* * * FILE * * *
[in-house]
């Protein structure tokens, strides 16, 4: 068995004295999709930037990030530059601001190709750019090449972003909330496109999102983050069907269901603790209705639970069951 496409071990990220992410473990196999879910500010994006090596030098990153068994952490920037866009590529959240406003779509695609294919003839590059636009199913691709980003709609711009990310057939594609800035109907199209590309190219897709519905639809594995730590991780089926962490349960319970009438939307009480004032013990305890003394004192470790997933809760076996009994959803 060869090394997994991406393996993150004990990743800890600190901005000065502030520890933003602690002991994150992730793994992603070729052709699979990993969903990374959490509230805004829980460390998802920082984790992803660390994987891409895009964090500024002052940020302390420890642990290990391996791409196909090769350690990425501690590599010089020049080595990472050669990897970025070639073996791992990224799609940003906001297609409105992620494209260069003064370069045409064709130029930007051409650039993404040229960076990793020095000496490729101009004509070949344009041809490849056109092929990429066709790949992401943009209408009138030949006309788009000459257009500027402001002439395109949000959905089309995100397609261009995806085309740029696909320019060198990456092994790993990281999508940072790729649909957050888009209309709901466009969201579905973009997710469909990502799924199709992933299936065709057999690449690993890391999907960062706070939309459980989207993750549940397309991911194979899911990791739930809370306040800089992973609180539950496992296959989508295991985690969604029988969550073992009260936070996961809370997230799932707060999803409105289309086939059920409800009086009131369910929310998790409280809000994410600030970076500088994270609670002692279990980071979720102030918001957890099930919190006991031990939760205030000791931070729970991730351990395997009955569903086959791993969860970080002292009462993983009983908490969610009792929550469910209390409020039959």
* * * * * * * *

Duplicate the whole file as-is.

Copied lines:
[in-house]
């Protein structure tokens, strides 16, 4: 068995004295999709930037990030530059601001190709750019090449972003909330496109999102983050069907269901603790209705639970069951 496409071990990220992410473990196999879910500010994006090596030098990153068994952490920037866009590529959240406003779509695609294919003839590059636009199913691709980003709609711009990310057939594609800035109907199209590309190219897709519905639809594995730590991780089926962490349960319970009438939307009480004032013990305890003394004192470790997933809760076996009994959803 060869090394997994991406393996993150004990990743800890600190901005000065502030520890933003602690002991994150992730793994992603070729052709699979990993969903990374959490509230805004829980460390998802920082984790992803660390994987891409895009964090500024002052940020302390420890642990290990391996791409196909090769350690990425501690590599010089020049080595990472050669990897970025070639073996791992990224799609940003906001297609409105992620494209260069003064370069045409064709130029930007051409650039993404040229960076990793020095000496490729101009004509070949344009041809490849056109092929990429066709790949992401943009209408009138030949006309788009000459257009500027402001002439395109949000959905089309995100397609261009995806085309740029696909320019060198990456092994790993990281999508940072790729649909957050888009209309709901466009969201579905973009997710469909990502799924199709992933299936065709057999690449690993890391999907960062706070939309459980989207993750549940397309991911194979899911990791739930809370306040800089992973609180539950496992296959989508295991985690969604029988969550073992009260936070996961809370997230799932707060999803409105289309086939059920409800009086009131369910929310998790409280809000994410600030970076500088994270609670002692279990980071979720102030918001957890099930919190006991031990939760205030000791931070729970991730351990395997009955569903086959791993969860970080002292009462993983009983908490969610009792929550469910209390409020039959």